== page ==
Editor:

Polio has been eradicated in the United States since 1993, but the disease is still prevalent in many places in the world. This month we observe World Polio Day and can remember when Iowa was on the foreground of vaccine research for this disease. There are still lingering memories of the disease including a young girl in an iron lung at the Jones County Fair fundraising for the cause.

While Polio may be just a distant memory in Iowa, the disease is a reality for many children in the world. One in five children around the world still lack access to basic childhood vaccines today. Children in Iowa were once the great benefactors of vaccines from polio and we should work to spread access to those vaccines to spread to all children.

Over the past 26 years, polio cases have decreased by 99 percent showing great progress. However, four countries the world still are not polio-free, with a re-emergence of polio in the Philippines just this September. By continuing support for childhood vaccines, we can help assure that no child will ever get polio again.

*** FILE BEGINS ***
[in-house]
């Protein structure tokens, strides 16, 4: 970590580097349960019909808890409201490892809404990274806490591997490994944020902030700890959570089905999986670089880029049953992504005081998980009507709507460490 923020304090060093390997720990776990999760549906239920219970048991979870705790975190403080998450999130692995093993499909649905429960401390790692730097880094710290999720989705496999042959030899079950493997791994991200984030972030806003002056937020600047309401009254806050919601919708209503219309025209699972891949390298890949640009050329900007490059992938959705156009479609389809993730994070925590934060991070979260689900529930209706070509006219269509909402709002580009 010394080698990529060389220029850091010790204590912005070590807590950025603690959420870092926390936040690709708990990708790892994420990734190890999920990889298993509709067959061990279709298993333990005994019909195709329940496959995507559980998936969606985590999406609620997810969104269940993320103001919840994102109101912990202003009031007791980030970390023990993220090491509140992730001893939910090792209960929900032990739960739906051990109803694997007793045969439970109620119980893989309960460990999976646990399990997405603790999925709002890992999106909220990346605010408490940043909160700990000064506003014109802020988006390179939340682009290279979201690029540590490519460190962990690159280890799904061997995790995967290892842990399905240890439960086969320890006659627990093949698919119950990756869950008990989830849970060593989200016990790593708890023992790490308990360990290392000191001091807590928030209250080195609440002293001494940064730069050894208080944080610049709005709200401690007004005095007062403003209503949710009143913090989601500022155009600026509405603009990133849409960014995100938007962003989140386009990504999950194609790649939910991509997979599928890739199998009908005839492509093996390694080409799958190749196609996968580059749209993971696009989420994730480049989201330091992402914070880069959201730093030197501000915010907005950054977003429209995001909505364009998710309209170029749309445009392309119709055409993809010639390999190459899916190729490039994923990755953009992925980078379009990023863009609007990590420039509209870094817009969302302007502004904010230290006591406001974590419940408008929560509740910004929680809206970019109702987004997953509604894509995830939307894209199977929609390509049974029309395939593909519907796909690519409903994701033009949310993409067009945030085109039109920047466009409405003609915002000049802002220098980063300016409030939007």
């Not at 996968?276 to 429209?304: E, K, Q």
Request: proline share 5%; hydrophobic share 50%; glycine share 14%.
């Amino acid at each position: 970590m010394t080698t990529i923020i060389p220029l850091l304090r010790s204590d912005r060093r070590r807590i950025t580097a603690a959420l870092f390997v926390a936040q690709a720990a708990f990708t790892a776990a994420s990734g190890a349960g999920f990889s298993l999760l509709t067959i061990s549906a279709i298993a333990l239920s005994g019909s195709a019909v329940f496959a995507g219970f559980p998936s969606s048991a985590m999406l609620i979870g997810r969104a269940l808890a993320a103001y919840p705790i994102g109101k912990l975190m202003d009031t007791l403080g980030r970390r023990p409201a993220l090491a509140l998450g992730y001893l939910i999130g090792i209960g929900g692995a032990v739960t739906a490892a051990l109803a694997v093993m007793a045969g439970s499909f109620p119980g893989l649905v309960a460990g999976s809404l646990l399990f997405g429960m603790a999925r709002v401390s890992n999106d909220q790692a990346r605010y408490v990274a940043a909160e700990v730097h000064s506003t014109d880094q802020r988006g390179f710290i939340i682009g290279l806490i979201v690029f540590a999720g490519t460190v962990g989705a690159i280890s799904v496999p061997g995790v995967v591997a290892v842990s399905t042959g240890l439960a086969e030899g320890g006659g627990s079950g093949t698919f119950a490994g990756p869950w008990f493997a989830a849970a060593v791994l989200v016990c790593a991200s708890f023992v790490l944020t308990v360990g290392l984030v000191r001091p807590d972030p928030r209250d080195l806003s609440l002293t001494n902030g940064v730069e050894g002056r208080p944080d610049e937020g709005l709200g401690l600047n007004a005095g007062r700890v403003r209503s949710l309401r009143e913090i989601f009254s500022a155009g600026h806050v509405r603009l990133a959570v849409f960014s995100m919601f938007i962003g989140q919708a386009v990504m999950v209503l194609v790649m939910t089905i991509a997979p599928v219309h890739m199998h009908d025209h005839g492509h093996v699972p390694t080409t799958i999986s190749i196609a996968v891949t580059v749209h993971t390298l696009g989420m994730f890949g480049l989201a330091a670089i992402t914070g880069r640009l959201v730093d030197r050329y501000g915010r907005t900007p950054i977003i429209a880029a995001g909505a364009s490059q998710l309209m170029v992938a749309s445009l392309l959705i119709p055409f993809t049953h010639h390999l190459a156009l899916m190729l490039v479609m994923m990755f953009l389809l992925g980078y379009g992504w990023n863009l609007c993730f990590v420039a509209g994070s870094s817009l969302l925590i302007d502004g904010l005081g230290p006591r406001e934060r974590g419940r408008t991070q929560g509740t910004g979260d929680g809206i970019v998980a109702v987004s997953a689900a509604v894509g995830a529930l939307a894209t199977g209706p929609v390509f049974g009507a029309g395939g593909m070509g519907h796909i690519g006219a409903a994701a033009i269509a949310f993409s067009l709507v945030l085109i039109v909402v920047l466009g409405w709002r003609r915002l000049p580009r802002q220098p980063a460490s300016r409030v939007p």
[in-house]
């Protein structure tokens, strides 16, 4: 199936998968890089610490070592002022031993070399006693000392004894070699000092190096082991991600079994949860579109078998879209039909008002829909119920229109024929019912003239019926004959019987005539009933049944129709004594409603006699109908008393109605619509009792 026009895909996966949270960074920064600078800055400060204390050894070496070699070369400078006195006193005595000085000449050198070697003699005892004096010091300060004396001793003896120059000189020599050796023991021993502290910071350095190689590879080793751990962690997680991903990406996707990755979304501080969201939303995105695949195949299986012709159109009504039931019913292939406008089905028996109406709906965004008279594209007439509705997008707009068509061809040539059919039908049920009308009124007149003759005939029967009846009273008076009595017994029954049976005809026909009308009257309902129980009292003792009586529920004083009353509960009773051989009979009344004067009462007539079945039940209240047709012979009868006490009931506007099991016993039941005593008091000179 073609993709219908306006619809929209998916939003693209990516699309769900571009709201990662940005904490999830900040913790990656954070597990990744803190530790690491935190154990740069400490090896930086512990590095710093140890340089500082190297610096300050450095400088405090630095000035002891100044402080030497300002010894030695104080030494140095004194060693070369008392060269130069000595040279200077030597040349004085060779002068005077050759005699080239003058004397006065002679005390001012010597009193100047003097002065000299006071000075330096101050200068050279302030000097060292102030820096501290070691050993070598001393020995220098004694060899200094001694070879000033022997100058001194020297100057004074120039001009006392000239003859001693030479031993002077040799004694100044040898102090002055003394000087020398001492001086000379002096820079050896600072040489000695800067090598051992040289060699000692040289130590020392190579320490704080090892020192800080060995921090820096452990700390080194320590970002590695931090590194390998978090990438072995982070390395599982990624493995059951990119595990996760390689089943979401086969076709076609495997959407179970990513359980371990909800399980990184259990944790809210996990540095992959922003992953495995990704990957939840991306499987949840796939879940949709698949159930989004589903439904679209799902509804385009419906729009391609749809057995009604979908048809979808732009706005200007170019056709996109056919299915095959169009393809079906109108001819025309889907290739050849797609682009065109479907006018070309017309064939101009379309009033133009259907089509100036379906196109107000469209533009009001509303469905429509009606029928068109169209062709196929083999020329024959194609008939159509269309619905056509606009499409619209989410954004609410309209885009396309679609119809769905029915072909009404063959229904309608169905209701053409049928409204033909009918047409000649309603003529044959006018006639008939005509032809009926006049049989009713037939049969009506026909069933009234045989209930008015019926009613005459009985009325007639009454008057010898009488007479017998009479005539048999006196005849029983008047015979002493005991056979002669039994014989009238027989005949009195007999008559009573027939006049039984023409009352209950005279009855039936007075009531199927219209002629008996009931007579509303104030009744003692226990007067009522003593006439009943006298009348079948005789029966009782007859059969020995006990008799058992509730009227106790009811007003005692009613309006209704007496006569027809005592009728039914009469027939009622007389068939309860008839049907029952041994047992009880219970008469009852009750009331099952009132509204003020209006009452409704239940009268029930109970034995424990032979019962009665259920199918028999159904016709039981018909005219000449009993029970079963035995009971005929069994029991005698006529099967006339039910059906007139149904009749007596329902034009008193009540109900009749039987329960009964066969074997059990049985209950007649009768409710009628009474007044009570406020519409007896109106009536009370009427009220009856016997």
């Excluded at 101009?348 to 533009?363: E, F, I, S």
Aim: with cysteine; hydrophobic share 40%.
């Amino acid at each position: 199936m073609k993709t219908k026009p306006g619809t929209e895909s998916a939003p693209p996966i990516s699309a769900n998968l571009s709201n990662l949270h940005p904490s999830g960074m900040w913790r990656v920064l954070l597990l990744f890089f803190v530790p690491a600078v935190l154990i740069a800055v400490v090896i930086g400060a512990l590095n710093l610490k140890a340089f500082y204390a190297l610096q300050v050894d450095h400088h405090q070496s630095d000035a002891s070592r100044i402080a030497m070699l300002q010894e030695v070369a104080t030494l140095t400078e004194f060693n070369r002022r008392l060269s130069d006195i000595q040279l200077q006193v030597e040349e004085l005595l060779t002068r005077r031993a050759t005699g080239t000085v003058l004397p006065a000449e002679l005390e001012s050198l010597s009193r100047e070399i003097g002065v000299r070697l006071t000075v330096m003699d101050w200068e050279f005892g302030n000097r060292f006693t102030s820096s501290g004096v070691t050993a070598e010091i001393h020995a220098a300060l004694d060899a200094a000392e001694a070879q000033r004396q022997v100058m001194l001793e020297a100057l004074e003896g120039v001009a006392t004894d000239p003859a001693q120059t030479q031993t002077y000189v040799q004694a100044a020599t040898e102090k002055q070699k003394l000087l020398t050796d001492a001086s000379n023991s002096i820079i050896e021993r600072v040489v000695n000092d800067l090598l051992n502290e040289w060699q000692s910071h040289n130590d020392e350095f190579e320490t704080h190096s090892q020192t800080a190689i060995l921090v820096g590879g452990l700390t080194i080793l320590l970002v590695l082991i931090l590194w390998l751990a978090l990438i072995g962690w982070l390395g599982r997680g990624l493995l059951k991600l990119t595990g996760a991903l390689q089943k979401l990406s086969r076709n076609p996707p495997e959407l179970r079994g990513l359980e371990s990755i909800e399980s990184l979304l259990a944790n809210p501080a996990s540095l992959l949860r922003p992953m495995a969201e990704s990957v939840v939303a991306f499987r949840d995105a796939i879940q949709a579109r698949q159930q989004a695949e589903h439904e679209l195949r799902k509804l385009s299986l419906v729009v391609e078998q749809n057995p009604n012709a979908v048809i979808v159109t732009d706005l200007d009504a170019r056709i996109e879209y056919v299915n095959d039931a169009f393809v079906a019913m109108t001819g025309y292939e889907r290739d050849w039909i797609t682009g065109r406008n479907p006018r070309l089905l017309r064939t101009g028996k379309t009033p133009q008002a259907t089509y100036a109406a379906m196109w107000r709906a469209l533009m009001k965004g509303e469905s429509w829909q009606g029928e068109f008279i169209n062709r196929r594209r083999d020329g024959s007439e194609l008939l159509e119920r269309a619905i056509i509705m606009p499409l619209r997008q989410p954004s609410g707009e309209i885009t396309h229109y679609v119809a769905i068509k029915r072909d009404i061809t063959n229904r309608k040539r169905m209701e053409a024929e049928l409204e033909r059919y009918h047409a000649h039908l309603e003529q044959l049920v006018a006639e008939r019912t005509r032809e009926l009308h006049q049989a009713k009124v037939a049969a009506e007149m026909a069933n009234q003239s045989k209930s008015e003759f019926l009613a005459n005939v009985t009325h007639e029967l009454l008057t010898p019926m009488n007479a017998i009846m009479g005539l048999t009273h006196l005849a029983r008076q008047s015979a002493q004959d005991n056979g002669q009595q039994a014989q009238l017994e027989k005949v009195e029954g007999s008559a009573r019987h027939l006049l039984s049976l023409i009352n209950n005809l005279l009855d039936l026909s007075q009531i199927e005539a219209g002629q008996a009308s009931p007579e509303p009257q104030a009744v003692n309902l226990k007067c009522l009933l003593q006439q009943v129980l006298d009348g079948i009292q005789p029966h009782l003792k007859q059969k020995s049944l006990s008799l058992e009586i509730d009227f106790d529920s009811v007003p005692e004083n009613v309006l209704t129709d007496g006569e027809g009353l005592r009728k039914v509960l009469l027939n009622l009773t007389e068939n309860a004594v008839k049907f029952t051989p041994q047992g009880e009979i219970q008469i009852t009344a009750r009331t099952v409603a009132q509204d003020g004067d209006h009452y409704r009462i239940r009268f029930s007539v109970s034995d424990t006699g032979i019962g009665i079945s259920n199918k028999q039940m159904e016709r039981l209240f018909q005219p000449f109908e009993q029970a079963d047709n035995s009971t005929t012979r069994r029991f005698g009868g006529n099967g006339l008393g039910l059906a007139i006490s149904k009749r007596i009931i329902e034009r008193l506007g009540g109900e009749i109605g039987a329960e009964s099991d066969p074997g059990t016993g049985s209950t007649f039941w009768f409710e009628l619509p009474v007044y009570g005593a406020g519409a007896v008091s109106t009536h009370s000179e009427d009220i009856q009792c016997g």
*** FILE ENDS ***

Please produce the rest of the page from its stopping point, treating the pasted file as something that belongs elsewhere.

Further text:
The United Nations Foundation’s Shot@Life campaign is asking U.S. legislators to help reduce vaccine-preventable childhood deaths around the world by providing adequate funding for global vaccine programs. To take action you can call Representative Abby Finkenaur and Senators Chuck Grassley and Joni Ernst to ask them to strengthen and prioritize funding for global vaccine programs through partners such as the United Nations, Gavi (the Vaccine Alliance), CDC, and USAID.

Chrissy Hoogland

Springville

(0) comments

Welcome to the discussion.

Keep it Clean. Please avoid obscene, vulgar, lewd, racist or sexually-oriented language.
PLEASE TURN OFF YOUR CAPS LOCK.
Don't Threaten. Threats of harming another person will not be tolerated.
Be Truthful. Don't knowingly lie about anyone or anything.
Be Nice. No racism, sexism or any sort of -ism that is degrading to another person.
Be Proactive. Use the 'Report' link on each comment to let us know of abusive posts.
Share with Us. We'd love to hear eyewitness accounts, the history behind an article.